Eastwood apparently collected little in the Eastern Sierra (she is listed as a collector of 48 specimens from Alpine and Mono Cos., and 3 from Inyo Co., in the CalFlora Occurrence Database), but her protege, and later successor, John Thomas Howell spent much time here (he is listed as collector of 1165 specimens for Inyo Co., in the same database). Mary DeDecker's specimen cards contain frequent notation of his findings in the area. I don't know if Mary ever met Alice, but Howell was well known to Mary and was an important mentor to her. Early in her studies of the Eastern Sierra flora, Mary was advised to send her specimens to the CAS (and also to the Rancho Santa Ana Botanic Garden) for any help she might need with identification.
Eastwood was a broad-minded and caring person who promoted women's interests and initiated important conservation projects. She was a great promoter of the love of plants, the outdoors, and the preservation of natural resources. In an obituary in 1953, Tom Howell wrote, "The honor she most deeply appreciated was the naming of the beautiful recreation area on Mount Tamalpais, Camp Alice Eastwood, by the California Division of Beaches and Parks and the Tamalpais Conservation Club, of which she had been a founder and was a past president."
She did not care much for convention, either in dress or social habits, but was nevertheless a master of social skills. At age 94 she wrote, "I count my age by friends, and I am rich in friends." A free-thinker in matters of religion and philosophy, she disdained dogmas. She wrote, "To me the feeling that comes from the order and law of the universe is truly religious and I think that every scientific person must be religious without any belief in a dogma of any kind."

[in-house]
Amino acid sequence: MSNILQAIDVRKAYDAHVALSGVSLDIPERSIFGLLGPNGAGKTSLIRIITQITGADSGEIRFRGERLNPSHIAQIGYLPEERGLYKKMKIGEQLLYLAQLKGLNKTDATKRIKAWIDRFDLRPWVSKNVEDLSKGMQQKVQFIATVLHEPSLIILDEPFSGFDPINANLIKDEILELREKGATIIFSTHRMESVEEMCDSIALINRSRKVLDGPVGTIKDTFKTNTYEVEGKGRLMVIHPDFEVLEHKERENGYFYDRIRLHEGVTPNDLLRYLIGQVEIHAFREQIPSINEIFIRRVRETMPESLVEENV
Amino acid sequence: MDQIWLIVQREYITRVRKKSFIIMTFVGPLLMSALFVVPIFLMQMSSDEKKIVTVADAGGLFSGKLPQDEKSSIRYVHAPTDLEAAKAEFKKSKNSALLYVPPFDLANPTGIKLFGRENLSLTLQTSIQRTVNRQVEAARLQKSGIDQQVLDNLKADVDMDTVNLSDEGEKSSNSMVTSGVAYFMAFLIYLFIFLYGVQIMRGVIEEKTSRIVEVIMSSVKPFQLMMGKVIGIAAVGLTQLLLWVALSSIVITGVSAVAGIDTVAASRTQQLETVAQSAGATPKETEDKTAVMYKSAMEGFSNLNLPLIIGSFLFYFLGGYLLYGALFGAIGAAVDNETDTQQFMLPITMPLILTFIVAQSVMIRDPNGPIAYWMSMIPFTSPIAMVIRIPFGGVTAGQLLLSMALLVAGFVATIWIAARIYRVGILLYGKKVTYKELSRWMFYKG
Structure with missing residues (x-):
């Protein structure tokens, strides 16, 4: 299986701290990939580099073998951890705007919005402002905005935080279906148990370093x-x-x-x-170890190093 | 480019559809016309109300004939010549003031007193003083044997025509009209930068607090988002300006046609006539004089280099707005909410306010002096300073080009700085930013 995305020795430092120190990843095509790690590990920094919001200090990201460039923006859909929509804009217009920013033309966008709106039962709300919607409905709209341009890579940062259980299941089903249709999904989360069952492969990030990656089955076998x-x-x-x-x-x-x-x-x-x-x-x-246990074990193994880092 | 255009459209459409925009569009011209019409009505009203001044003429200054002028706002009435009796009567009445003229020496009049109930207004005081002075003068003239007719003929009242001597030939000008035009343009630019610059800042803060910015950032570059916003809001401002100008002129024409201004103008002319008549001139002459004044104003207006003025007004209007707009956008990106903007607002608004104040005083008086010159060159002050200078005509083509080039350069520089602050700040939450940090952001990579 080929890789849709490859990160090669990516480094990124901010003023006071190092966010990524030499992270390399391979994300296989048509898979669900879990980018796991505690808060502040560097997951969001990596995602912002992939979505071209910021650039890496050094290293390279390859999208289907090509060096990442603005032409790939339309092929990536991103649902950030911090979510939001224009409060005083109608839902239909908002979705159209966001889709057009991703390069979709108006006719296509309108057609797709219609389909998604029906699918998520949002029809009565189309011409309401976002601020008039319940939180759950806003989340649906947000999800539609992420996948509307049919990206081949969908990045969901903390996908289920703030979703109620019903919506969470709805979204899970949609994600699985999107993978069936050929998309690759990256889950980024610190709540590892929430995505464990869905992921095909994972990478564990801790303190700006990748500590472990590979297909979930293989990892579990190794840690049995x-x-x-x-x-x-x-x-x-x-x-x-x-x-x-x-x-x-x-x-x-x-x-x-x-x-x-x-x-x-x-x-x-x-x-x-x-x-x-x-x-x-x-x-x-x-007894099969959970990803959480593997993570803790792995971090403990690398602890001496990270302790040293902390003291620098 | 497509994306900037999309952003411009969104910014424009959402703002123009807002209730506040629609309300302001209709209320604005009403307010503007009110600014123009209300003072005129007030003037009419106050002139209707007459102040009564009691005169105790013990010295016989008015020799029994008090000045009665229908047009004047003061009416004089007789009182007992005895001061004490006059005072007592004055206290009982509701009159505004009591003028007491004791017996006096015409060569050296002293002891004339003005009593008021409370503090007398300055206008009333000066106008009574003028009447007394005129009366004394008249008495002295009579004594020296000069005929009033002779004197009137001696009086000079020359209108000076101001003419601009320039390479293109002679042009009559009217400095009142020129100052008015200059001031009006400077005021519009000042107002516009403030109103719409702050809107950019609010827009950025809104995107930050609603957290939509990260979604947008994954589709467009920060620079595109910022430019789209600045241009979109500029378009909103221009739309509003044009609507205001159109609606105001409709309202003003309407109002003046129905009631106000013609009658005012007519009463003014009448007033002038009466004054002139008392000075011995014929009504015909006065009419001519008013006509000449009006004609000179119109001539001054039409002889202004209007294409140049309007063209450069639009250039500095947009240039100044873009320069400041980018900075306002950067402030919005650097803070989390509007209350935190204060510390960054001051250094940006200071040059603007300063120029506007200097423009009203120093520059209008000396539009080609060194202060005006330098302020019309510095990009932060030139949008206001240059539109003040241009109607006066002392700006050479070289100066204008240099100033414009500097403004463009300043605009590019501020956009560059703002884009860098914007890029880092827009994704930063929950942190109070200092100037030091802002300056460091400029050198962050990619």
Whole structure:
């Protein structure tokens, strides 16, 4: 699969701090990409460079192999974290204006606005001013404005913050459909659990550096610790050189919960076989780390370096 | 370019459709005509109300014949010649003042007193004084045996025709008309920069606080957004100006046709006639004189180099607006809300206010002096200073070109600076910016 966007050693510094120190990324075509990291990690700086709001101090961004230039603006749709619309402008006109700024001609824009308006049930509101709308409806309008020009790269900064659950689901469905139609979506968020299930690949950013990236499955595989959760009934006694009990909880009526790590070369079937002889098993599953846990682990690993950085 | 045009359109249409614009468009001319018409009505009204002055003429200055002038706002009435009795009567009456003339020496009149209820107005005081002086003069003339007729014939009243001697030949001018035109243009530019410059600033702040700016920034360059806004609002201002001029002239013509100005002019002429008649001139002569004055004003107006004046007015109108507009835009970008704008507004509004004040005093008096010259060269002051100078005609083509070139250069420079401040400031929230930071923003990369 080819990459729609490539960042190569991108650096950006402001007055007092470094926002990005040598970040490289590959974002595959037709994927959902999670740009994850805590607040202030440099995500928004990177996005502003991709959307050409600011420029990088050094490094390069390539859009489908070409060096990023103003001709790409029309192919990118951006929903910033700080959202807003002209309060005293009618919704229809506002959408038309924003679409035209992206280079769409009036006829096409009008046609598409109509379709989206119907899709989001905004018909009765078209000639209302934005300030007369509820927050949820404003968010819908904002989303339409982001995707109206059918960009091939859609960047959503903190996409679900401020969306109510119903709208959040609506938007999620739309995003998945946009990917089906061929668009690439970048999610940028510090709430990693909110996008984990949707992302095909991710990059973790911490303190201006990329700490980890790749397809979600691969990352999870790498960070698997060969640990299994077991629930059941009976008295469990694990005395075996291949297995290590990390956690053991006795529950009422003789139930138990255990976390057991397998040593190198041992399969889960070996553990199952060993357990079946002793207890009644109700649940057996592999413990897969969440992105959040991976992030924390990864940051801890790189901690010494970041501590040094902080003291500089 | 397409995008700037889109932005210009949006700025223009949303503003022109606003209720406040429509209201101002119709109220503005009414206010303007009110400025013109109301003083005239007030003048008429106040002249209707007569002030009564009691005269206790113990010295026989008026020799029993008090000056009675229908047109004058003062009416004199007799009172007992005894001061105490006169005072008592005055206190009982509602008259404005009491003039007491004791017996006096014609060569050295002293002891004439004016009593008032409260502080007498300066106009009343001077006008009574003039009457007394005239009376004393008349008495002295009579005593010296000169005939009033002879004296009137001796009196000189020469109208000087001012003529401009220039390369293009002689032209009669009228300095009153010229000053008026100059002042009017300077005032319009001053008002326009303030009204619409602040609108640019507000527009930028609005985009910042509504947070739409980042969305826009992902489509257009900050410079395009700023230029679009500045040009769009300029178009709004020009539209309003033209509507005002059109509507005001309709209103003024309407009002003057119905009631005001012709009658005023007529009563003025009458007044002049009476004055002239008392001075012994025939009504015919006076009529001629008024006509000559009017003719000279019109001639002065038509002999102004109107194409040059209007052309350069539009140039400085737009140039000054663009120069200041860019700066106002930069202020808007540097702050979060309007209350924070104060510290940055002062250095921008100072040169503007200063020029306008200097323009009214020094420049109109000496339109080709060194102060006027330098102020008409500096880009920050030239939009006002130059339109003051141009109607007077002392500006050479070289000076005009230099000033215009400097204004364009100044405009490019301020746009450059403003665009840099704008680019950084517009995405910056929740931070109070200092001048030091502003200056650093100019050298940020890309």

She never married, but twice in her life she was prepared, apparently, to give up botany for marriage; both times death of her suitor prevented it. One was the eminent geologist Grove Karl Gilbert. It appears that, among men who found her attractive, one was none other than Willis Jepson, another great California botanist of the first part of the 20th century. According to Eastwood's private correspondence, he visited her in 1893 in the CAS herbarium "faultlessly attired", "acted in an embarrassed way", and "was scared out of his wits"; "I was most agreeable", wrote Eastwood. As it turned out, Jepson never married either.
Alice Eastwood's accolades were numerous.
In 1903 she was one of only two of the few women listed in American Men of Science to be denoted, by a star, as being considered to be among the top 25% of professionals in their discipline. Her entry bore a star throughout all subsequent editions during her life.
C. S. Sargent, Director of the Arnold Arboretum at Harvard University, wrote, in 1923 letters to Eastwood, " . . . [you are] the only really efficient botanist in California." and " . . . [you are] the only reliable person in California and I feel much more confident of obtaining anything botanical from you than I do . . . from anyone else."
Marcus Jones, the nettlesome but well regarded and highly productive Western botanist, delighted readers of his self-published (and self printed!) works with caustic snippets about his contemporaries in a series he called "Botanists I Have Known". In one of his short sketches he even tore to shreds the near saintly image of C. C. Parry. But for Alice Eastwood, he had only praise. In 1933 he wrote, "Her work, like mine, is mostly done and the falling leaves will soon obscure our graves, but it will be many a day before botanists will cease to venerate her magnificent work for the Academy. I have known her for a generation, and we have worked over the same field, but I have found her too big for jealousies and petty squabbles, which have disgraced a certain envious critic" [an apparent jab at Jepson]. Alice remained active for nearly two more decades, but Jones died in the following year, at age 82, in an accident while driving to his home in Claremont after a day's collecting trip to the San Bernardino Mtns.